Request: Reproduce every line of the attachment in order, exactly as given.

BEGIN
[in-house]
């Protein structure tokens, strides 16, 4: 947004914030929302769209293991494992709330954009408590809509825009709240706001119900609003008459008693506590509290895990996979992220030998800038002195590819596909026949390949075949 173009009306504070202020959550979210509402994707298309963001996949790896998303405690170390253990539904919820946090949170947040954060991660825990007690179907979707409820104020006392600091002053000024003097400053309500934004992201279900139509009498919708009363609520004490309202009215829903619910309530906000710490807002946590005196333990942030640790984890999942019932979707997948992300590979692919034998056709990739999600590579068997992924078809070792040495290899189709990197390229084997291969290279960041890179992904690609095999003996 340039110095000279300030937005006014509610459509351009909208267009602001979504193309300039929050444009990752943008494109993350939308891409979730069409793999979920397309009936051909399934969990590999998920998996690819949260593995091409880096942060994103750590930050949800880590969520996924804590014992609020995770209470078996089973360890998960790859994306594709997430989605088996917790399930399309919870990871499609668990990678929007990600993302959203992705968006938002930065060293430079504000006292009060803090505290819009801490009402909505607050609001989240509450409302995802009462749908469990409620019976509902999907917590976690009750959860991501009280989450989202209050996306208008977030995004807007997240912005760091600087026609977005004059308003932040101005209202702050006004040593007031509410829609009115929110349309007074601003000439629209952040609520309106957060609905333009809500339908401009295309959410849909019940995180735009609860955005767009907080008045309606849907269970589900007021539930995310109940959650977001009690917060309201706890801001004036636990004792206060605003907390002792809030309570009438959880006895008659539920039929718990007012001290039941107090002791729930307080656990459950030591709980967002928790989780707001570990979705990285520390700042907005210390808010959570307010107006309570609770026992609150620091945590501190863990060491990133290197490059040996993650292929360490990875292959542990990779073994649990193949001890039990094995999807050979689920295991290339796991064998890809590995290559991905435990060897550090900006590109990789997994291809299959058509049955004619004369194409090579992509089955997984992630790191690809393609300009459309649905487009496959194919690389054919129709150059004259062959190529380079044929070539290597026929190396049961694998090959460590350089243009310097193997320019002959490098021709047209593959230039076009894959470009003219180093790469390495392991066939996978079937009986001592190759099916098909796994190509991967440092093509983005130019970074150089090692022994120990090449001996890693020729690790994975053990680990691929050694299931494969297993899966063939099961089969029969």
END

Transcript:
[in-house]
């Protein structure tokens, strides 16, 4: 947004914030929302769209293991494992709330954009408590809509825009709240706001119900609003008459008693506590509290895990996979992220030998800038002195590819596909026949390949075949 173009009306504070202020959550979210509402994707298309963001996949790896998303405690170390253990539904919820946090949170947040954060991660825990007690179907979707409820104020006392600091002053000024003097400053309500934004992201279900139509009498919708009363609520004490309202009215829903619910309530906000710490807002946590005196333990942030640790984890999942019932979707997948992300590979692919034998056709990739999600590579068997992924078809070792040495290899189709990197390229084997291969290279960041890179992904690609095999003996 340039110095000279300030937005006014509610459509351009909208267009602001979504193309300039929050444009990752943008494109993350939308891409979730069409793999979920397309009936051909399934969990590999998920998996690819949260593995091409880096942060994103750590930050949800880590969520996924804590014992609020995770209470078996089973360890998960790859994306594709997430989605088996917790399930399309919870990871499609668990990678929007990600993302959203992705968006938002930065060293430079504000006292009060803090505290819009801490009402909505607050609001989240509450409302995802009462749908469990409620019976509902999907917590976690009750959860991501009280989450989202209050996306208008977030995004807007997240912005760091600087026609977005004059308003932040101005209202702050006004040593007031509410829609009115929110349309007074601003000439629209952040609520309106957060609905333009809500339908401009295309959410849909019940995180735009609860955005767009907080008045309606849907269970589900007021539930995310109940959650977001009690917060309201706890801001004036636990004792206060605003907390002792809030309570009438959880006895008659539920039929718990007012001290039941107090002791729930307080656990459950030591709980967002928790989780707001570990979705990285520390700042907005210390808010959570307010107006309570609770026992609150620091945590501190863990060491990133290197490059040996993650292929360490990875292959542990990779073994649990193949001890039990094995999807050979689920295991290339796991064998890809590995290559991905435990060897550090900006590109990789997994291809299959058509049955004619004369194409090579992509089955997984992630790191690809393609300009459309649905487009496959194919690389054919129709150059004259062959190529380079044929070539290597026929190396049961694998090959460590350089243009310097193997320019002959490098021709047209593959230039076009894959470009003219180093790469390495392991066939996978079937009986001592190759099916098909796994190509991967440092093509983005130019970074150089090692022994120990090449001996890693020729690790994975053990680990691929050694299931494969297993899966063939099961089969029969």